[Haskell-cafe] New to Haskell - List Comprehension Question
nowgate at yahoo.com
Wed Oct 7 18:09:09 EDT 2009
Try just writing a function that will change ALL the characters to uppercase (or lower case) using list comprehension and then see if you can isolate how to factor out the special case of the first character.
--- On Wed, 10/7/09, minh thu <noteed at gmail.com> wrote:
From: minh thu <noteed at gmail.com>
Subject: Re: [Haskell-cafe] New to Haskell - List Comprehension Question
To: "Steven1990" <stevenyoung1990 at msn.com>
Cc: haskell-cafe at haskell.org
Date: Wednesday, October 7, 2009, 5:20 PM
2009/10/7 Steven1990 <stevenyoung1990 at msn.com>:
> Hi, I'm currently learning Haskell, and I've been trying to work out a
> function for the following problem for a couple of days now.
> I want to use a list comprehension method to change the first letter of a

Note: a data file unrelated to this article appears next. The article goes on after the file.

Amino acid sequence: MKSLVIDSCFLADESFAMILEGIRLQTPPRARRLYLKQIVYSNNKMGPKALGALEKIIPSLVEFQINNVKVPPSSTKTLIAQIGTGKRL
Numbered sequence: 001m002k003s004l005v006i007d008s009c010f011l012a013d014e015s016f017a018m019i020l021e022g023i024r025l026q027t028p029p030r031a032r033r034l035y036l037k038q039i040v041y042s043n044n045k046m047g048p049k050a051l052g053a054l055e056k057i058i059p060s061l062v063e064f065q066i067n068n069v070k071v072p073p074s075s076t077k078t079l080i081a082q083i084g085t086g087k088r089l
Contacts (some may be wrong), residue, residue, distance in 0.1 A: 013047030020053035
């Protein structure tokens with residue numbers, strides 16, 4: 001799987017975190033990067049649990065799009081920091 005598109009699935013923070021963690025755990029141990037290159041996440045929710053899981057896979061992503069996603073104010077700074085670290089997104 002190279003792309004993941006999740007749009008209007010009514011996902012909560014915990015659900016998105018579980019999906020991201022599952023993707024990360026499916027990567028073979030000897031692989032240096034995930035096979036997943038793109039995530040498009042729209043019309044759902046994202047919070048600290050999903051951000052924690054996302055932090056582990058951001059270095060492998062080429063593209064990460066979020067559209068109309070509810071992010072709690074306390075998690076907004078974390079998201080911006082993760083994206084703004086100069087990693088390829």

> string to upper case, and the rest of the string to lower case.
> Eg: "heLLo" -> "Hello"
> As I'm trying to learn this, I would appreciate hints rather than the
> explicit solution if possible? I'm sure I'm close to a solution, I must be
> missing something though. Driving me crazy!
> My attempts are something similar to this:
> upperCase :: String -> String
> upperCase xs = [toUpper(x):toLower(xs) | x <- xs]
> I think 'toLower' expects a single character rather than the list which is
> one place I'm going wrong?
try to work little things by little things:
Prelude> let f xs = [x:xs | x <- xs]
Prelude> f "hello"
Prelude> :m + Data.Char
Prelude Data.Char> :t toLower
toLower :: Char -> Char
Prelude Data.Char> :t toUpper
toUpper :: Char -> Char
So xs is the whole list (the "hello" part of each element in the
resilt of f "hello") and x gets the value of each character. toLower
and toUpper have the same type; indeed toLower expects a single
character while you feed it a list.
The part on the left of the pipe is "executed" for each x drawn from
the xs list. This means that if you want to make something specific to
the first element of xs, you have to provide more information: the x
alone is not enough to know it is the first one or not.
The easiest way to do that is with pattern matching on the upperCase argument:
upperCase (x:xs) = ...
(Don't forget for the "other" case, the empty list:
upperCase  = ...)
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